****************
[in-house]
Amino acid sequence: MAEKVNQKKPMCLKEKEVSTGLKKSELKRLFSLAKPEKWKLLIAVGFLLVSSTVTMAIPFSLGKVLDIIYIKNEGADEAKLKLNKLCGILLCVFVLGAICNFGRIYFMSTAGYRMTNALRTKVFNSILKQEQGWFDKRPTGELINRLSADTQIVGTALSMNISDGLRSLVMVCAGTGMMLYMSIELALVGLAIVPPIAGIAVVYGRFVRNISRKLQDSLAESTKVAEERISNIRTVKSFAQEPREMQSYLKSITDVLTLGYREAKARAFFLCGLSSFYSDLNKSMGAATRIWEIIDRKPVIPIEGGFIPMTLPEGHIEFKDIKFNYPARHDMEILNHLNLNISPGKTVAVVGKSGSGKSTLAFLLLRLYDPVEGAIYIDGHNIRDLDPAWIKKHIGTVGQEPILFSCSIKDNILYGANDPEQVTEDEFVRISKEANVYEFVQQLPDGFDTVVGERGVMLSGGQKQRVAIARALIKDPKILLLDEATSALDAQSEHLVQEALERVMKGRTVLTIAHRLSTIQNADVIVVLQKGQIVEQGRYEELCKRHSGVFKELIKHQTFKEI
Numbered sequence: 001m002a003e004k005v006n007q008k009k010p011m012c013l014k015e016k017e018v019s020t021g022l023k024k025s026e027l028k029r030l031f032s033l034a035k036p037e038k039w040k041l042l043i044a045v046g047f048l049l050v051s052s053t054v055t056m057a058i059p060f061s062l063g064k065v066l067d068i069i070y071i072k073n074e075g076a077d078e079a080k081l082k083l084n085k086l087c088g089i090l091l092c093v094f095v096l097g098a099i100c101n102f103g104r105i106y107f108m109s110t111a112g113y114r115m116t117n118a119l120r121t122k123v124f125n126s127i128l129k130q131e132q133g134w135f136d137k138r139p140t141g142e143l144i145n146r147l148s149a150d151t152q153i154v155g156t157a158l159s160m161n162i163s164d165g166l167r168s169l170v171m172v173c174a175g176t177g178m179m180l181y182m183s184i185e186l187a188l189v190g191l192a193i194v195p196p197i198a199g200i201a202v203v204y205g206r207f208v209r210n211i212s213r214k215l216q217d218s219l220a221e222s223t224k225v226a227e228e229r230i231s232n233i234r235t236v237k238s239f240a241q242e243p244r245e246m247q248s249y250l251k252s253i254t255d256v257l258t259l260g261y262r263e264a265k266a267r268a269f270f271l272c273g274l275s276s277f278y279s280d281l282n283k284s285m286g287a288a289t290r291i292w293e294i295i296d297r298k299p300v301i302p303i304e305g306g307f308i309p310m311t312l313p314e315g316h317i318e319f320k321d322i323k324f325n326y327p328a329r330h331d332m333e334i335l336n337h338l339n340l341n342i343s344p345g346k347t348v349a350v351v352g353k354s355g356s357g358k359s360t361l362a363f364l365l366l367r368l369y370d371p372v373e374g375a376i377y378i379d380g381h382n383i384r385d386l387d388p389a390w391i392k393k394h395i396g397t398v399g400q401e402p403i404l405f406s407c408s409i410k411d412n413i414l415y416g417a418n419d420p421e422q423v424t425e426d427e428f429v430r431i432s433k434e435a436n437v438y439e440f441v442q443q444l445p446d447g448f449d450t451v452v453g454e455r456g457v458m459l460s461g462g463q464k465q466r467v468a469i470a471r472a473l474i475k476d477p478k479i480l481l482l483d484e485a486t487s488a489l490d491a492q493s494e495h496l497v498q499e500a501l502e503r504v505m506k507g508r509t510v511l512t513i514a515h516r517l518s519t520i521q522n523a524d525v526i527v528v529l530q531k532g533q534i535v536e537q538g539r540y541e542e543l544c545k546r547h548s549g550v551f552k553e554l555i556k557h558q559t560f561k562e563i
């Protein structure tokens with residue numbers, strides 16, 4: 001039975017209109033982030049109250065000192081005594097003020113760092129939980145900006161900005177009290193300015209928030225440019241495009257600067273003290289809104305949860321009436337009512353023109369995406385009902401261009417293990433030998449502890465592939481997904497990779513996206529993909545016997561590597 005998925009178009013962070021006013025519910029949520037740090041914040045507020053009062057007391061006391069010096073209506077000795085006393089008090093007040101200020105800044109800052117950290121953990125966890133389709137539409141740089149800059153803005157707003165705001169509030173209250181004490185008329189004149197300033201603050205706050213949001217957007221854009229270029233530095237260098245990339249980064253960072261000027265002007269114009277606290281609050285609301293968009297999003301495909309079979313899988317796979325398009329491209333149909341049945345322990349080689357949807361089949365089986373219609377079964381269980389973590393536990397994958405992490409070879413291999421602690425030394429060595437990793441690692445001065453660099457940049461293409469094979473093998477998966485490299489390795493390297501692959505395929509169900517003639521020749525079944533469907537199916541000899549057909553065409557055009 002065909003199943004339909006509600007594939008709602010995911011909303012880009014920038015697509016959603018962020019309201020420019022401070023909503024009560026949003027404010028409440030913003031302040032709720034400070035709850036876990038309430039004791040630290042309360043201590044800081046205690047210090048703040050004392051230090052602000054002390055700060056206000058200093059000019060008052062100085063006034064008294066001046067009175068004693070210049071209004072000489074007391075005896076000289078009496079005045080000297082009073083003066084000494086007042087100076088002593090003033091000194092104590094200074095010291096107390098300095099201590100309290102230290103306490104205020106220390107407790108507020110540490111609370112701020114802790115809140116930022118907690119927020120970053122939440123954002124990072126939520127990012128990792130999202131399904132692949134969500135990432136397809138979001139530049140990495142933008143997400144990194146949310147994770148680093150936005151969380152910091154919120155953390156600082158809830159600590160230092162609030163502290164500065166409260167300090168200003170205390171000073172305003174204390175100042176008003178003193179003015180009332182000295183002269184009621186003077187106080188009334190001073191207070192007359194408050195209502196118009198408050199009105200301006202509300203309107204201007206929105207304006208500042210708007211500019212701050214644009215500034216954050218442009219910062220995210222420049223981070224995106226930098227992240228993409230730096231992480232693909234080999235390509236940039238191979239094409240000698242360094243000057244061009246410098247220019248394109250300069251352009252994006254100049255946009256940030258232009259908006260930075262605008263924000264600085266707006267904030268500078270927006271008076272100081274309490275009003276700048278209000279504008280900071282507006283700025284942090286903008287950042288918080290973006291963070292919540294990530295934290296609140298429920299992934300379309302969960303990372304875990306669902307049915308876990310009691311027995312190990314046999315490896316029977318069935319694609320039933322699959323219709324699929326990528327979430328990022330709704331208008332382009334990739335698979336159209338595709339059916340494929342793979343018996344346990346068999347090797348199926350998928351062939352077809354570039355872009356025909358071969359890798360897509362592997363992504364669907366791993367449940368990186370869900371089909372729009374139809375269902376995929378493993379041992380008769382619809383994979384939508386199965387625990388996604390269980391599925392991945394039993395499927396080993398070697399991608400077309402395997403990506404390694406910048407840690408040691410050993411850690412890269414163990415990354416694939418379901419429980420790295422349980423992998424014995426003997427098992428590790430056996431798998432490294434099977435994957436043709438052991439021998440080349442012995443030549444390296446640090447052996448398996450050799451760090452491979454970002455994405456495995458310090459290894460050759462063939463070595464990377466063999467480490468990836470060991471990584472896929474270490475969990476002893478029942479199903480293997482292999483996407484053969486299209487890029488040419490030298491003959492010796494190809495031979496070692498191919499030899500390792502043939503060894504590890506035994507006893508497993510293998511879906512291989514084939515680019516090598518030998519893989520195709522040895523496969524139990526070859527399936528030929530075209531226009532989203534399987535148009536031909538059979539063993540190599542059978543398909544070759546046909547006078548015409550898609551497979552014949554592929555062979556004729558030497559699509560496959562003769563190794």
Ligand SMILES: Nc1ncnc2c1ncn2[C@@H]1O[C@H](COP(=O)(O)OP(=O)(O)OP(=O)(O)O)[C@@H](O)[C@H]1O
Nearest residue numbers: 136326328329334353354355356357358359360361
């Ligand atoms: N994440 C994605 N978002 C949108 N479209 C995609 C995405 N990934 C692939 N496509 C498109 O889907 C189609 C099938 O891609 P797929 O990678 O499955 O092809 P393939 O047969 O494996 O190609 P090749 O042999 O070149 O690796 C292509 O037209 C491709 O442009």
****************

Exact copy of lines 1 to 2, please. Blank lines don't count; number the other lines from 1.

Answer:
[in-house]
Amino acid sequence: MAEKVNQKKPMCLKEKEVSTGLKKSELKRLFSLAKPEKWKLLIAVGFLLVSSTVTMAIPFSLGKVLDIIYIKNEGADEAKLKLNKLCGILLCVFVLGAICNFGRIYFMSTAGYRMTNALRTKVFNSILKQEQGWFDKRPTGELINRLSADTQIVGTALSMNISDGLRSLVMVCAGTGMMLYMSIELALVGLAIVPPIAGIAVVYGRFVRNISRKLQDSLAESTKVAEERISNIRTVKSFAQEPREMQSYLKSITDVLTLGYREAKARAFFLCGLSSFYSDLNKSMGAATRIWEIIDRKPVIPIEGGFIPMTLPEGHIEFKDIKFNYPARHDMEILNHLNLNISPGKTVAVVGKSGSGKSTLAFLLLRLYDPVEGAIYIDGHNIRDLDPAWIKKHIGTVGQEPILFSCSIKDNILYGANDPEQVTEDEFVRISKEANVYEFVQQLPDGFDTVVGERGVMLSGGQKQRVAIARALIKDPKILLLDEATSALDAQSEHLVQEALERVMKGRTVLTIAHRLSTIQNADVIVVLQKGQIVEQGRYEELCKRHSGVFKELIKHQTFKEI